BOSTON -- With the disastrous season of 2012 now in the record books and one casualty to go along with it in the form of now-former manager Bobby Valentine the Red Sox must begin to look at other areas that can be improved.Red Sox presidentCEO Larry Lucchino and general manager Ben Cherington met with reporters Thursday afternoon and evening in a series of small interviews.Cherington, the first-year general manager, was asked to assess the job he did this season.Not good enough, he said. This season has not gone well by any measure and were all responsible. But Im head of baseball operations and were responsible to bring the roster together. And when you win as few games as we did theres obviously flaws. So, we look back critically at decisions weve made going back including last offseason and started to identify ways that we can, I think, make better decisions moving forward and weve had a lot of frank discussion about that, within baseball ops and also with ownership. So disappointing but fully committed to making it better and confident we will.We have enormous confidence in Ben and the player development, player operations department, Lucchino said. But we also feel that there are things we can do given the performance of this year to make it even better going forward. Were going fill some holes that we have. Bens taken some steps already -- the hiring of Jason Varitek as a special assistant to Cherington, the hiring of Eddie Bane as a special assistant to player personnel. Focusing a little bit more either on experienced players and their observations or experienced scouting evaluators and their observations. I think it will make us an even better baseball operation, baseball organization.Cherington will start the process of interviewing for a new manager on Friday, with Varitek assisting in the search. Asked the status of the coaches, Cherington replied:I havent had a chance to reach out to all of them yet. So I dont have anything to report there. But I will do so soon.In addition to a new manager, the Sox will have other roster needs to fill this offseason. Asked what other issues will be among his top priorities, Cherington replied:I didnt want this to be a referendum on the season. Im sure well have more of a chance to talk about that. But I think its clear there are areas we need to improve on, some of them Ive already talked about. But well get going right away on the search process for the manager and vetting candidates.
CHICAGO -- The Los Angeles Dodgers have a tough lineup, a talented pitching staff and a manager making all the right moves.
Yup, it's beginning to look a lot like 1988.
Andre Ethier also went deep and Taylor added an RBI triple in the fifth as Los Angeles improved to 6-0 in this postseason, setting a franchise record for consecutive playoff wins. Yasiel Puig had two more hits in another entertaining performance that included an impressive bat flip - on a long foul ball in the first inning.
"The focus has certainly been heightened in the postseason," manager Dave Roberts said.
Looking for a four-game sweep and their 22nd pennant, the Dodgers will send Alex Wood to the mound Wednesday night at Wrigley Field with a chance to reach the World Series for the first time since Hall of Famer Tommy Lasorda managed Kirk Gibson, Orel Hershiser and Co. to the club's last championship 29 years ago.
Jake Arrieta, eligible for free agency after the season, pitches for the Cubs in what could be his final start with the team.
"I think we've won four games in a row before," Chicago slugger Kris Bryant said. "Obviously, it's going to be a tougher road. But it'll make the story that much better. Can you imagine that?"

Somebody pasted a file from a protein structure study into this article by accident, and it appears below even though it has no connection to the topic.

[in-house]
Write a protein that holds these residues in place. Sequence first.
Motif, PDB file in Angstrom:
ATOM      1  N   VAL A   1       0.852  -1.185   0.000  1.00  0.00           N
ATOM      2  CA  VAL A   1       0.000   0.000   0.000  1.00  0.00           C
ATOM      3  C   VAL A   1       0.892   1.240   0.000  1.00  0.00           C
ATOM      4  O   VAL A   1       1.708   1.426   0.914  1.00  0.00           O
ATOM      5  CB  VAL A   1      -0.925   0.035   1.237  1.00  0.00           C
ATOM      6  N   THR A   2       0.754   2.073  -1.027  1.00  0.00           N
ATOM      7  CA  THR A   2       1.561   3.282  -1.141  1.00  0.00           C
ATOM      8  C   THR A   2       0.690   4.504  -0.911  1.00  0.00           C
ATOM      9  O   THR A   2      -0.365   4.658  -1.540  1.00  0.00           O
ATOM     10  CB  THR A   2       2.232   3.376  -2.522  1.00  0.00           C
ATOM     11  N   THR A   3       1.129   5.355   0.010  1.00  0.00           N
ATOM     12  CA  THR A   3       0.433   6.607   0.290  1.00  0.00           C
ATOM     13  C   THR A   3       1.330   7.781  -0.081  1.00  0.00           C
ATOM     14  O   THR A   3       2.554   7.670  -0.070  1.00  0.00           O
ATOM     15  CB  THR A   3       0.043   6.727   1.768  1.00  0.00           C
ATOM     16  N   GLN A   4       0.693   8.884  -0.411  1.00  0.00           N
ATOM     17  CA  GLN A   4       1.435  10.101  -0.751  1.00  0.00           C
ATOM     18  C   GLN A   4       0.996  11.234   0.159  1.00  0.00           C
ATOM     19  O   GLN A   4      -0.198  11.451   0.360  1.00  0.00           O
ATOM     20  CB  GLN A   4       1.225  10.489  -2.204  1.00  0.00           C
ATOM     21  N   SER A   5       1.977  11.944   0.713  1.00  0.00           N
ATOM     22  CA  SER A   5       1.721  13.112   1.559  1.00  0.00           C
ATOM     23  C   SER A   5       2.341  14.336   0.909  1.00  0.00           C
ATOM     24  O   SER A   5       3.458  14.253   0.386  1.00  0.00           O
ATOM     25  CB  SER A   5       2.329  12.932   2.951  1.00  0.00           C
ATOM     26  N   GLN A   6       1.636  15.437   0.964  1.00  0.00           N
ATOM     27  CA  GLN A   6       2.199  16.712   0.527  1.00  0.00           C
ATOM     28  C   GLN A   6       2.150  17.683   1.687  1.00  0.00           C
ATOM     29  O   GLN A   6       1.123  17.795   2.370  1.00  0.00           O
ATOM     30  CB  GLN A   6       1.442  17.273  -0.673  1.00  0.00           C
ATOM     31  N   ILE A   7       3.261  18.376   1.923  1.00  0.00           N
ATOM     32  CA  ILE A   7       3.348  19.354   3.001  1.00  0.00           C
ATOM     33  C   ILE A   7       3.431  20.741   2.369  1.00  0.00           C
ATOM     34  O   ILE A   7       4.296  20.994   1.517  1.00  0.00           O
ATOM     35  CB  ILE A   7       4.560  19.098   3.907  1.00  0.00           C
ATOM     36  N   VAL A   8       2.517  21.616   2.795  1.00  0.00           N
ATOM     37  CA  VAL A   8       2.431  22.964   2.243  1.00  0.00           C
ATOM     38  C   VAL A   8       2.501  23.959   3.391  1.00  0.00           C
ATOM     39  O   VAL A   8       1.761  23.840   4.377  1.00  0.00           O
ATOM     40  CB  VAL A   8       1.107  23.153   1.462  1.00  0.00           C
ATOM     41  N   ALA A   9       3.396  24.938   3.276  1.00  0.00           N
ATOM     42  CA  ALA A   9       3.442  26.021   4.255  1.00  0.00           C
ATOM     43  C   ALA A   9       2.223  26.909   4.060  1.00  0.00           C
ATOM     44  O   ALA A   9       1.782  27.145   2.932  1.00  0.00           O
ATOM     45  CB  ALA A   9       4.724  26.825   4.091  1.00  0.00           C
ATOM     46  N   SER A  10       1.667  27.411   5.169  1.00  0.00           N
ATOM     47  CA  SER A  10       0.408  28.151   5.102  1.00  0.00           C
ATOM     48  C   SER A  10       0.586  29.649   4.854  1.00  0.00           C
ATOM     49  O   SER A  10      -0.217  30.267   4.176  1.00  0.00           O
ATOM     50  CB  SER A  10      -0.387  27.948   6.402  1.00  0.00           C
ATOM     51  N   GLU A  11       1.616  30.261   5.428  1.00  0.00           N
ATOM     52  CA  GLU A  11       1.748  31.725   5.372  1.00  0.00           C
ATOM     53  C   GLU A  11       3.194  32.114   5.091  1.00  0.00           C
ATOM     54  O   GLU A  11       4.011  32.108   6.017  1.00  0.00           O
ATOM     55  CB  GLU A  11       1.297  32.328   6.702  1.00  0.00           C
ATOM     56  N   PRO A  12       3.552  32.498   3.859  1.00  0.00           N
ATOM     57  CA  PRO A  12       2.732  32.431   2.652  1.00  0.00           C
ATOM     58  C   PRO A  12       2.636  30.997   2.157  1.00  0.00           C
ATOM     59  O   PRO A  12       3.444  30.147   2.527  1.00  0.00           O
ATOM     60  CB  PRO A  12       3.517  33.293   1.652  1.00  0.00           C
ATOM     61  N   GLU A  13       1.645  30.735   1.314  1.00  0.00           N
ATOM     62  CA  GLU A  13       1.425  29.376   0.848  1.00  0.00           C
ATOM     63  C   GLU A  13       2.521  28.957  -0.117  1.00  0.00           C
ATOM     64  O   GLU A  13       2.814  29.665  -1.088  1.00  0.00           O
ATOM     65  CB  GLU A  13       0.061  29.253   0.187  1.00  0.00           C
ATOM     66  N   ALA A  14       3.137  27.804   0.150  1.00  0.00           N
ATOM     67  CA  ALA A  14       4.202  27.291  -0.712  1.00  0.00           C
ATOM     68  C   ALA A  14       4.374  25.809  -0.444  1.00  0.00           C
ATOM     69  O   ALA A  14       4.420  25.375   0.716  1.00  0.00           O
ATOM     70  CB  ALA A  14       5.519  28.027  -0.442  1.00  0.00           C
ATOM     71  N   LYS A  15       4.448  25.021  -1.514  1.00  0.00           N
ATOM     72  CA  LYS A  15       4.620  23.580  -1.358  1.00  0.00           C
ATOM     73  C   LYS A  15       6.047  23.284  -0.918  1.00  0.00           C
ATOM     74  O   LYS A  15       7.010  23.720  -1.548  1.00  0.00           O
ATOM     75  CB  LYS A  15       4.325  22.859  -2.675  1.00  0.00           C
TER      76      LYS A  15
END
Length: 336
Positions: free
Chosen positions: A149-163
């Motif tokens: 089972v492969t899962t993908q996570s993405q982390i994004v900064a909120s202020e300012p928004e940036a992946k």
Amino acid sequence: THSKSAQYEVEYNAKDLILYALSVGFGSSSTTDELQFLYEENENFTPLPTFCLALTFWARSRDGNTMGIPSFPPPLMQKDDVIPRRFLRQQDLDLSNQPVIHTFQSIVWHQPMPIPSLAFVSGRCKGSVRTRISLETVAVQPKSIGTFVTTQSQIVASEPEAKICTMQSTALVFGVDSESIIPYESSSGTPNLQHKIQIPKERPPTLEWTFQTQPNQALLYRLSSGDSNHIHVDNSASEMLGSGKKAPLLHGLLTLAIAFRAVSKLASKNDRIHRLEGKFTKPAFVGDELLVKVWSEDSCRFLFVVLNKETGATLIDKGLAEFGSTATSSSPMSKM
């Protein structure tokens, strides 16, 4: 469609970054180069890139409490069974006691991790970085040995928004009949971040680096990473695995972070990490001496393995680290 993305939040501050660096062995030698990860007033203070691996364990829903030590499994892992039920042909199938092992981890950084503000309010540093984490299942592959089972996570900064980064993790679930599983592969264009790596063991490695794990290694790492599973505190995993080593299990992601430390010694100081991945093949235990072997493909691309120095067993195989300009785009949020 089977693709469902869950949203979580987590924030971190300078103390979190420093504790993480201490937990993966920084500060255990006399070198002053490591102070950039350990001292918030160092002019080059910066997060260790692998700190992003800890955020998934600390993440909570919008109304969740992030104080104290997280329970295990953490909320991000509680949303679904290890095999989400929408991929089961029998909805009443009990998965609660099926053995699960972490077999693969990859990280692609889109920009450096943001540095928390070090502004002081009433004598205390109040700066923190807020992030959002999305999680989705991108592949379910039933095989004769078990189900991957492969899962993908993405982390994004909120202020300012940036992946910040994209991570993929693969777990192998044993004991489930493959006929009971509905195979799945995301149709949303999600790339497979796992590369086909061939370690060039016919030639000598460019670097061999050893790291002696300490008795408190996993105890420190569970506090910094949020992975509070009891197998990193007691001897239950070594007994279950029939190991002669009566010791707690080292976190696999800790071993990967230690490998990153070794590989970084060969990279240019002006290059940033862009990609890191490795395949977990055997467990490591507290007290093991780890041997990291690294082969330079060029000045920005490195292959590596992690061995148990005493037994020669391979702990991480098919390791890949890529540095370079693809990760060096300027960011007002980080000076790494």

Los Angeles was eliminated by Chicago in the NLCS last year, but this is a different group of Dodgers. Their patient lineup is coming up big in key spots and the pitching staff is much deeper, especially since Darvish was acquired in a trade with Texas in the final minutes before the July 31 deadline.
Not even a return to Wrigley could get the Cubs back on track after a rough stay in Los Angeles. Chicago manager Joe Maddon juggled his lineup, inserting Kyle Schwarber into the No. 2 slot and benching slumping second baseman Javier Baez, but the defending World Series champions were shut down by another Dodgers starter and more stellar relief from the NL West champions.
"I really didn't change much approach-wise from first inning until the end of the game," Darvish said through a translator. "I just kept pitching the same way."
Making their third straight appearance in the NLCS, the weary Cubs also hurt themselves with a couple of big mistakes. Carl Edwards Jr. walked Darvish on four pitches with the bases loaded and two outs in the sixth, continuing a rocky postseason for the reliever and leading to a round of boos from a frustrated crowd of 41,871.
A passed ball brought home another run in the eighth, and pinch hitter Kyle Farmer hit a sacrifice fly to make it 6-1.
Darvish departed after striking out Addison Russell in the seventh, pausing for congratulations from his whole infield before heading to the dugout. The Japanese right-hander allowed six hits, including Schwarber's first-inning homer, in his second career playoff win - both this year. He struck out seven and walked one.
Tony Watson got two outs, Brandon Morrow worked the eighth and Kenley Jansen closed it out after Ross Stripling gave up two hits in the ninth. With Roberts pushing the right buttons, Los Angeles' bullpen has yet to allow a run in the series.
"I think everybody's just been attacking," Morrow said. "That's the No. 1 thing."
The only four-game postseason sweep for the Dodgers came in the 1963 World Series against the New York Yankees. If Los Angeles can finish off Chicago on Wednesday, the Dodgers would have five days off before hosting the Yankees or Houston Astros in the World Series opener.
"We knew today was the most important game, and now tomorrow's the most important game," Ethier said. "We're going to come out and figure out how to get the job done again."
Schwarber's sixth career postseason homer got Chicago off to a fast start, but Jon Jay struck out with two on to end the inning. The Dodgers responded with Ethier's leadoff drive in the second and Taylor's second homer of the series in the third, a mammoth shot to center off losing pitcher Kyle Hendricks.
"We had a chance obviously, early," Maddon said. "We hit some balls well early in the game, and then he settled in."
Ethier had two hits in his first start of this year's playoffs after he missed most of the season with a herniated lumbar disk. Taylor also had two hits and is 4 for 14 for the series, helping make up for the loss of All-Star shortstop Corey Seager to a back injury.
ON THIS DAY
Tuesday was the 13th anniversary of Roberts' memorable stolen base for Boston in Game 4 of the 2004 ALCS against the New York Yankees. The Red Sox were three outs from elimination when Roberts ran for Kevin Millar, swiped second and scored on Bill Mueller's single.